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Upward-trending red arrow behind a percent sign

Why are interest rates rising?

At the time of this writing, we're approaching a time of inflation and interest rate increases that we haven't seen in decades.

Change that occurs at such a high rate can lead to a feeling of confusion and uncertainty. At First Financial Bank, we're here to help make some sense of these dramatic changes in the economy.

Let's first dive into the details of interest rates. An interest rate is the cost of borrowing money from a lender. Moreso, it is the price that the lender charges over and above the principal amount to the borrower.

What determines an interest rate is the level of risk within each borrower when it comes time to pay back the amount borrowed.

Imagine you are lending thousands of dollars to a borrower with a limited or poor credit history. You may feel that this is risky because the borrower doesn’t have a history showing they will pay back the loan.

This person would have a higher interest rate than a lower-risk borrower. Interest rates are affected by many outside forces too including supply and demand, economic policies, and inflation. Read on in this blog to find out what influences interest rates and what makes them go up or down.

Why Interest Rates Are Volatile

Interest rates respond and change due to economic growth, fiscal, and monetary policy.

Let’s consider the biggest factor that influences interest rates - the availability of funds and the cost of funds for the bank. As the cost of funds increases, lenders will need to raise interest rates to compensate.

Another thing lenders need to consider is inflation. When inflation is high, the government raises rates to deter borrowers from taking loans in an effort to reduce spending. The current price of goods might skyrocket by the time the borrower pays it back. This will reduce the lender’s purchasing power.

When the demand for credit is high, so are interest rates. Alternatively, when the demand for credit is low, interest rates will decrease. When the available amount of credit is high, this lowers interest rates. When the supply of credit is low, interest rates will increase.

Consumers have a lot of purchasing power when interest rates are low. This translates into increased spending that stimulates the economy. High-interest rates lead people to reduce their spending. This often results in an economic downturn.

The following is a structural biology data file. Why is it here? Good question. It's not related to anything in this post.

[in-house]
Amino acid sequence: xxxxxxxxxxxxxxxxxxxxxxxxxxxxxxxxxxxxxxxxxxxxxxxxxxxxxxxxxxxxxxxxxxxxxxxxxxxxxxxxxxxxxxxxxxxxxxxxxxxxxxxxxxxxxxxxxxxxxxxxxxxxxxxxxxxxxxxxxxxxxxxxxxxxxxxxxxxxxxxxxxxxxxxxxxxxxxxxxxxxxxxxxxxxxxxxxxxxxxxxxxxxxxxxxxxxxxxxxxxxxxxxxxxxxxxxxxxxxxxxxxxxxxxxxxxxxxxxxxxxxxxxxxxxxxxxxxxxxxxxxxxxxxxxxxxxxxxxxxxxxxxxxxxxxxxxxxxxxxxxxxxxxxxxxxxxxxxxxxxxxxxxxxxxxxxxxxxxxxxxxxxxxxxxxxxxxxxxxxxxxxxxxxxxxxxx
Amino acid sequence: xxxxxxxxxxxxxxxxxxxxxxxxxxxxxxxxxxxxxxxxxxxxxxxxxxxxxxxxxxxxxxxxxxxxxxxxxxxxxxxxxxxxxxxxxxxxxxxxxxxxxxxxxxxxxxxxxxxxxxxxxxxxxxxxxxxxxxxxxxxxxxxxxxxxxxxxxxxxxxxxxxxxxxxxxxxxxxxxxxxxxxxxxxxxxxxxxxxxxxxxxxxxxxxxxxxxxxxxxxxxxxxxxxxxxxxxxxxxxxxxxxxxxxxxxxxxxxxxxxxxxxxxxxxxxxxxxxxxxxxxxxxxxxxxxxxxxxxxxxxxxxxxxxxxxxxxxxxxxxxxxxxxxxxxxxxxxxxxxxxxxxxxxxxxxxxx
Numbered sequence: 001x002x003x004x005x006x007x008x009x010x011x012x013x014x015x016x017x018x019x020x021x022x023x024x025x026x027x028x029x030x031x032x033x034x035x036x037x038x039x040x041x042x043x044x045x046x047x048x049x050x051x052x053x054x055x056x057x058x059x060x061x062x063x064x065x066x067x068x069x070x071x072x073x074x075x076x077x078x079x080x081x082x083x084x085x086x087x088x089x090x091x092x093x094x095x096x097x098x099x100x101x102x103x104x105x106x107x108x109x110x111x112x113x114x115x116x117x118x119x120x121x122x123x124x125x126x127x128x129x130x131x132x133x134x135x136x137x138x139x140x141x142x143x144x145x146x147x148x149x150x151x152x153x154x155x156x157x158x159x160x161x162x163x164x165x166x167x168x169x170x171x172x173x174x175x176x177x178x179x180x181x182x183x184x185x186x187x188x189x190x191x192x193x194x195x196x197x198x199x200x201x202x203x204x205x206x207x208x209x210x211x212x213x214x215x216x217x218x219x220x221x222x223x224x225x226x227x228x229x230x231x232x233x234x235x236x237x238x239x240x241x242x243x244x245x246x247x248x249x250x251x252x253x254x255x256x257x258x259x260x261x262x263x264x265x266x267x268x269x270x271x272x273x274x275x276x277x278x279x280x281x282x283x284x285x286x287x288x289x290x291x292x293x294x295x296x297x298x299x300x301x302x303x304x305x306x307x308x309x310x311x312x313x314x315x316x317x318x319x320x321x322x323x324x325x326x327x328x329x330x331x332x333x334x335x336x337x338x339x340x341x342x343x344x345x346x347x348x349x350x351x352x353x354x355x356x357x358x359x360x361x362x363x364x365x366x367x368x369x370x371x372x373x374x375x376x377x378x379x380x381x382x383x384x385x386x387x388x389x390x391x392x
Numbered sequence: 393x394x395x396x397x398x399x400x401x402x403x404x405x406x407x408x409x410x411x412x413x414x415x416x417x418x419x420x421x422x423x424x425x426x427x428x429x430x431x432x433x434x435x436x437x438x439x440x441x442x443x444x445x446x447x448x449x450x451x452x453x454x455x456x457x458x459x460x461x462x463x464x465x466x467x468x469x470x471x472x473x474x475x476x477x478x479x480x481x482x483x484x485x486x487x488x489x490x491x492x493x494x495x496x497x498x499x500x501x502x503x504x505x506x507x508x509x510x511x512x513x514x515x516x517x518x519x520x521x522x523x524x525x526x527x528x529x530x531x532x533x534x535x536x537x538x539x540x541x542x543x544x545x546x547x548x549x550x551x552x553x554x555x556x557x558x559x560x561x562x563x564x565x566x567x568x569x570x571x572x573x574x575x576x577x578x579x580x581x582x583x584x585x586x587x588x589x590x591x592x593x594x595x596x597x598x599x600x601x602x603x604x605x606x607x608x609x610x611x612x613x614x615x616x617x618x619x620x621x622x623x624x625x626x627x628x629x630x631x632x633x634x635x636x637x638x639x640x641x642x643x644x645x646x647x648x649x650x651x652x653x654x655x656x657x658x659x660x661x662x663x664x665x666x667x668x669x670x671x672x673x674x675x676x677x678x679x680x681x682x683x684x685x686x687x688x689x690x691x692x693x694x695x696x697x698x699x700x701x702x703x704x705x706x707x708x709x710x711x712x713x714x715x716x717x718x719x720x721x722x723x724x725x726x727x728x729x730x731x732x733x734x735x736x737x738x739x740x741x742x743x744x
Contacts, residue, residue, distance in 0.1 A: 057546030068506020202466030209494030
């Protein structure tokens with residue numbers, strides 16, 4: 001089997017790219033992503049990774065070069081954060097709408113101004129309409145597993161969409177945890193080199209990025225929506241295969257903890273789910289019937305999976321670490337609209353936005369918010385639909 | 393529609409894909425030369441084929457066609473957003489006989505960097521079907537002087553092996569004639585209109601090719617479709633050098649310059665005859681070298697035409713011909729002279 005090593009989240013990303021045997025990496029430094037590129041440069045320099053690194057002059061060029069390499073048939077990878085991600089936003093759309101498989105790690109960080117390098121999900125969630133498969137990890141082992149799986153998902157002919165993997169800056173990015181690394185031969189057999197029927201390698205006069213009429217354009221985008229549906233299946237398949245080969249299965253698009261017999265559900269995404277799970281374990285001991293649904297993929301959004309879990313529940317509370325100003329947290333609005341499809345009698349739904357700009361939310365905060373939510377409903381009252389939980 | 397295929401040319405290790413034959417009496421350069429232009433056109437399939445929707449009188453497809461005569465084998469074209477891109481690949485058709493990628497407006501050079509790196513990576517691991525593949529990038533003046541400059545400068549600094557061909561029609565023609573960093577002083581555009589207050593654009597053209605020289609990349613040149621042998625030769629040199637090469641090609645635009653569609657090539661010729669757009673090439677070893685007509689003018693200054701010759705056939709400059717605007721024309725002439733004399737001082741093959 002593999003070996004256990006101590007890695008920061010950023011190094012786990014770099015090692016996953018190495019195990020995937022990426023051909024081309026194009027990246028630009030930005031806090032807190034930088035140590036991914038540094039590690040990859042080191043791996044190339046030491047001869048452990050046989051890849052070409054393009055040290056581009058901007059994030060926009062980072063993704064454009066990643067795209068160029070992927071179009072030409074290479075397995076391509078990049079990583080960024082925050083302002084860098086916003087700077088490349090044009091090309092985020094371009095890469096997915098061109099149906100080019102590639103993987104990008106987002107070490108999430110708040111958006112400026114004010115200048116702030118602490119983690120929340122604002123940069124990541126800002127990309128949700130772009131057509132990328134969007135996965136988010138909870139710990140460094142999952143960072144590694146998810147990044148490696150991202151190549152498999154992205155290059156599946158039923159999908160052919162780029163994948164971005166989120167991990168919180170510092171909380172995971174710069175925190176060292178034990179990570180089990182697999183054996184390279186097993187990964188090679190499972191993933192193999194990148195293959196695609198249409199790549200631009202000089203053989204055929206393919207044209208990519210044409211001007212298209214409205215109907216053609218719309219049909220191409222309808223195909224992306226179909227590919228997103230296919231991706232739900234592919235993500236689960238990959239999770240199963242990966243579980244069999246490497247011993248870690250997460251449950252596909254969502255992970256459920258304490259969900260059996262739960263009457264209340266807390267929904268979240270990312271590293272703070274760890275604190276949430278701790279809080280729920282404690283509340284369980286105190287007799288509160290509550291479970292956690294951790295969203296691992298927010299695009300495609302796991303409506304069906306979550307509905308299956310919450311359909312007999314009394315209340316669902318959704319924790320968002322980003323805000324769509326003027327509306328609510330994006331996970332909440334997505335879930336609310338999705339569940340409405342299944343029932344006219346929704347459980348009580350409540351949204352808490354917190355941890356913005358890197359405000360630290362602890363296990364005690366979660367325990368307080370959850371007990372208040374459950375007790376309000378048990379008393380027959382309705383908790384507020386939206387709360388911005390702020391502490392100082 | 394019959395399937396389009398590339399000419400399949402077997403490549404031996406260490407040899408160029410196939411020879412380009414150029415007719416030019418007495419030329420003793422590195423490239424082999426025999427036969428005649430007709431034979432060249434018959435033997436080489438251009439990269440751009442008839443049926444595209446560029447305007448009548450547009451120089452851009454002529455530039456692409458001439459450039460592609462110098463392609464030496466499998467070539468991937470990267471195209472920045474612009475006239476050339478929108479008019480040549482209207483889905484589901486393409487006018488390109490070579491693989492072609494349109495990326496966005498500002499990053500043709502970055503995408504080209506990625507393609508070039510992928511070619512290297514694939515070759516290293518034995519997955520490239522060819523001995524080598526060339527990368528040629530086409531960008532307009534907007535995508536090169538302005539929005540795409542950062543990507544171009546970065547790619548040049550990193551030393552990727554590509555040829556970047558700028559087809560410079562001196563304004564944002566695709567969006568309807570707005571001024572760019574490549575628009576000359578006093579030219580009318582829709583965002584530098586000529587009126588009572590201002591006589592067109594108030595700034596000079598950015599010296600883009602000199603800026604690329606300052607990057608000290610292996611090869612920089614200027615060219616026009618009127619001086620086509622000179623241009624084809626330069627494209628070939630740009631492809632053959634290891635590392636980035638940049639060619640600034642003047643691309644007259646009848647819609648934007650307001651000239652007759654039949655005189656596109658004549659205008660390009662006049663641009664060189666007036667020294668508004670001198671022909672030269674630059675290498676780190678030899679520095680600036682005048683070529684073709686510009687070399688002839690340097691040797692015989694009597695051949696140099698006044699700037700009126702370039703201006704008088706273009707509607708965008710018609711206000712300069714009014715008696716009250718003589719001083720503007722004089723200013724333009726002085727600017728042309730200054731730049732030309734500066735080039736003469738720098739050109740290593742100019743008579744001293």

What Drives Up Interest Rates?

The Federal Reserve will increase or decrease interest rates in response to changes in economic conditions.

Inflation is the change in the cost of goods over time. The fed keeps its eye on the Consumer Price Index (CPI) and Producer Price Index (PPI) with the intent to keep levels between 2 to 3%. The Federal Reserve tries to prevent inflation since it reduces purchasing power. Lenders will then increase interest rates to compensate.

When the CPI and PPI rise above this rate, the fed increases the federal funds rate. The federal funds rate is the interest rate at which banks lend each other money. The federal funds rate influences the Prime Rate. When the Prime Rate is high, borrowing money is more expensive. This causes increased interest rates and lower spending. This also effectively lowers inflation.

This is why the Federal Reserve raised interest rates in 2022, to fight rising inflation.

How Policies Affect Interest Rates

Fiscal policies and government spending also have a profound effect on interest rates. When the economy is growing, companies often have an increased need to borrow money so that they can expand.

The Federal Reserve can also control the money supply and inflation by printing more money. Printing money stimulates the economy, but can also cause increased inflation. The increased money supply artificially lowers interest rates. If the amount of money is reduced for example, by mass withdrawals from banks, this reduced supply of money will drive up interest rates.

When interest rates are low, consumers are incentivized to borrow money to make big purchases. This increases demand but doesn’t increase the supply of houses, for example. When demand is high and supply is low, housing costs increase. When many consumers are trying to buy a limited supply of houses, inflation can increase.


Interest rates have far-reaching effects on stocks, bonds, and consumer behavior. The volatility of interest rates can cause consumers to behave a certain way. This can have ripple effects on the economy.

Sometimes consumer behavior alters the behavior of the market. A market with strong consumer spending can be at risk of increased inflation.

Consumer behavior is a driving force behind any economic performance, inflation, and interest rates.

The stock market is also not immune to rate increases. When interest rates increase, this negatively affects the performance of stocks. This reduces the need to incur the risk of investing and lowers the demand for stocks.

While interest rates affect the stock market right away, most of the economy will not see these effects until about a year after the interest rates have changed.

As you can see, the economy is an interconnected world of consumer behavior and economic factors. Many of these factors are out of your control. What you can control is how you manage your personal financial health. You have the support of thousands of First Financial Bank representatives, across many services, to help you.